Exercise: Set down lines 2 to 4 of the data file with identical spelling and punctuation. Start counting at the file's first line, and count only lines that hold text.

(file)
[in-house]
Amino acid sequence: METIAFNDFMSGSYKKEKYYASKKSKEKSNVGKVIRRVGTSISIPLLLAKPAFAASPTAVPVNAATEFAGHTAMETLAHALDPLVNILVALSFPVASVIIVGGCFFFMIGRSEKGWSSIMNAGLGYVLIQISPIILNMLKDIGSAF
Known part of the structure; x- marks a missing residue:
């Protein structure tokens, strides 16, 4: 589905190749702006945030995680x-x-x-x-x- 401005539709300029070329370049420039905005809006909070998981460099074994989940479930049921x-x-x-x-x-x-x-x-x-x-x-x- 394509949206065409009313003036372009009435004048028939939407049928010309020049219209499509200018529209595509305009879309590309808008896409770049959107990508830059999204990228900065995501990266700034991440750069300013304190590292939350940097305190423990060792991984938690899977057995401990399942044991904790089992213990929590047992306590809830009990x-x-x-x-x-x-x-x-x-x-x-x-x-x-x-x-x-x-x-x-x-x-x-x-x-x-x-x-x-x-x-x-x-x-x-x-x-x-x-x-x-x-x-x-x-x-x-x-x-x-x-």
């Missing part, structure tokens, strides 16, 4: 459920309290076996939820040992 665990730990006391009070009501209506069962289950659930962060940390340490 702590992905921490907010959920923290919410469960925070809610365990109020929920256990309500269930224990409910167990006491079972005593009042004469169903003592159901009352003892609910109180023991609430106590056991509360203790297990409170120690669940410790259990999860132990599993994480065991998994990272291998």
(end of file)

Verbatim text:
Amino acid sequence: METIAFNDFMSGSYKKEKYYASKKSKEKSNVGKVIRRVGTSISIPLLLAKPAFAASPTAVPVNAATEFAGHTAMETLAHALDPLVNILVALSFPVASVIIVGGCFFFMIGRSEKGWSSIMNAGLGYVLIQISPIILNMLKDIGSAF
Known part of the structure; x- marks a missing residue:
């Protein structure tokens, strides 16, 4: 589905190749702006945030995680x-x-x-x-x- 401005539709300029070329370049420039905005809006909070998981460099074994989940479930049921x-x-x-x-x-x-x-x-x-x-x-x- 394509949206065409009313003036372009009435004048028939939407049928010309020049219209499509200018529209595509305009879309590309808008896409770049959107990508830059999204990228900065995501990266700034991440750069300013304190590292939350940097305190423990060792991984938690899977057995401990399942044991904790089992213990929590047992306590809830009990x-x-x-x-x-x-x-x-x-x-x-x-x-x-x-x-x-x-x-x-x-x-x-x-x-x-x-x-x-x-x-x-x-x-x-x-x-x-x-x-x-x-x-x-x-x-x-x-x-x-x-």